New Jersey Gov. Chris Christie (R) and former Secretary of State Hillary ClintonHillary Diane Rodham ClintonTrump adds to legal team after attacks on Mueller Press: You can’t believe a word he says Feehery: March Madness MORE (D) are the two most favorable, or “hottest,” politicians in a new national survey. 

Christie topped the list with a 53.1 rating on the survey’s “feeling thermometer” while Clinton scored a 52.1. 

Quinnipiac University Polling measured the public’s receptiveness to a number of political leaders using a scale from zero to 100 with the higher number representing “the warmer or more favorable” voters felt about a lawmaker. 

Christie and Clinton are both seen as potential presidential candidates in 2016. Clinton scores high numbers with all voters and tops the list among Democrats (a 77.7 rating within her own party). 

However, Christie, ranks eighth among Republicans with a score of 59.8, behind a host of other potential GOP presidential contenders. The New Jersey governor leads among Independents.

Paul RyanPaul Davis RyanSpending deal talks down to toughest issues, lawmakers say Schiff: I thought more Republicans would speak out against Trump Dem leaders pull back from hard-line immigration demand MORE tops the list of Republicans with a 68.7 rating.

A Pew poll last week found Christie’s favorability rating trailing with the GOP as well. 

Two dark horses to score high on the list are freshman Sen. Elizabeth WarrenElizabeth Ann WarrenFix the flaw in financial self-regulation Power struggle threatens to sink bank legislation Feinstein faces new pressure from left over CIA nominee MORE (D-Mass.) who ranked third and Sen. Kirsten GillibrandKirsten Elizabeth GillibrandCoalition presses Transportation Dept. for stricter oversight of driverless cars Do Dems need someone people like to beat Trump? Franchisers blitz Congress in search of liability shield MORE (D-N.Y.) who ranked fifth.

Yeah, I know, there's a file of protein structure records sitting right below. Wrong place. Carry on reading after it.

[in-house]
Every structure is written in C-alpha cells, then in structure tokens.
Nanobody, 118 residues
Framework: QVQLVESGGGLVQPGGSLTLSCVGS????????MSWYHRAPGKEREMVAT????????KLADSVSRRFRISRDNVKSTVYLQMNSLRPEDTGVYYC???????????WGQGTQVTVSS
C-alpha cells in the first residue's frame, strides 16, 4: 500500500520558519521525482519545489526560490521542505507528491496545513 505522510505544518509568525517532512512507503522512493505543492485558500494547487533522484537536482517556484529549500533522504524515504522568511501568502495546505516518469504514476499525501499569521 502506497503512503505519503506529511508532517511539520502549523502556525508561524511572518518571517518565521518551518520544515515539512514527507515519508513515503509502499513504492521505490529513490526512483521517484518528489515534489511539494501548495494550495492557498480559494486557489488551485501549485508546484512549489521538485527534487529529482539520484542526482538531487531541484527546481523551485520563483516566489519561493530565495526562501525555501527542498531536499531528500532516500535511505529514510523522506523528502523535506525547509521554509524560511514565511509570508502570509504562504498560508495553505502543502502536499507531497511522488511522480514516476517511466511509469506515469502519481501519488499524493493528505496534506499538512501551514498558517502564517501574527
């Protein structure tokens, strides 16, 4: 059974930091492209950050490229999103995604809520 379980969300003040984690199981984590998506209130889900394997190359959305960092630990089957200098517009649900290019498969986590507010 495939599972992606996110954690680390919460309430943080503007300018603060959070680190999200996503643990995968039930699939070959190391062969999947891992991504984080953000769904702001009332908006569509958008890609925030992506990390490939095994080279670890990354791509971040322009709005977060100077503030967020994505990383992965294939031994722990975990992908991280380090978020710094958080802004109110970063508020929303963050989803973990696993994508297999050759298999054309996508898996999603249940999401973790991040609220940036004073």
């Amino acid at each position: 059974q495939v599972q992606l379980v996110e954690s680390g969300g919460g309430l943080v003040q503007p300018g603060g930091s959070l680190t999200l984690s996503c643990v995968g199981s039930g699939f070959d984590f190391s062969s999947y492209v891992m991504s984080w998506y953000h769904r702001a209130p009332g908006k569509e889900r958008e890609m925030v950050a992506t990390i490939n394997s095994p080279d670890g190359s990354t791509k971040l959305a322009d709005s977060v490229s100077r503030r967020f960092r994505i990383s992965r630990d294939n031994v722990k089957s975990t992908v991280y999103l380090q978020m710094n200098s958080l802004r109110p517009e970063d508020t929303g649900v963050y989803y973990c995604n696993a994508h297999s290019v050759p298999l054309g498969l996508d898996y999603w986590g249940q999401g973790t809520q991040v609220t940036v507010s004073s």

President Obama ranked fourth with a 47.6 score. Obama’s rating has dropped nearly 10 points since a similar survey was taken in March 2011. 

Unsurprisingly, the Democratic and Republican leaders in Congress bottomed out on the list, with Senate Majority Leader Harry ReidHarry Mason ReidTrump presses GOP to change Senate rules Only thing Defense’s UFO probe proves is power of political favors Nevada Democrat accused of sexual harassment reconsiders retirement: report MORE (D-Nev.) coming in last (33.8). 

In other surveys, Congress’s approval rating hangs in the low double digits. 

The poll surveyed 1,468 national registered voters and has a margin of error of 2.6 percent.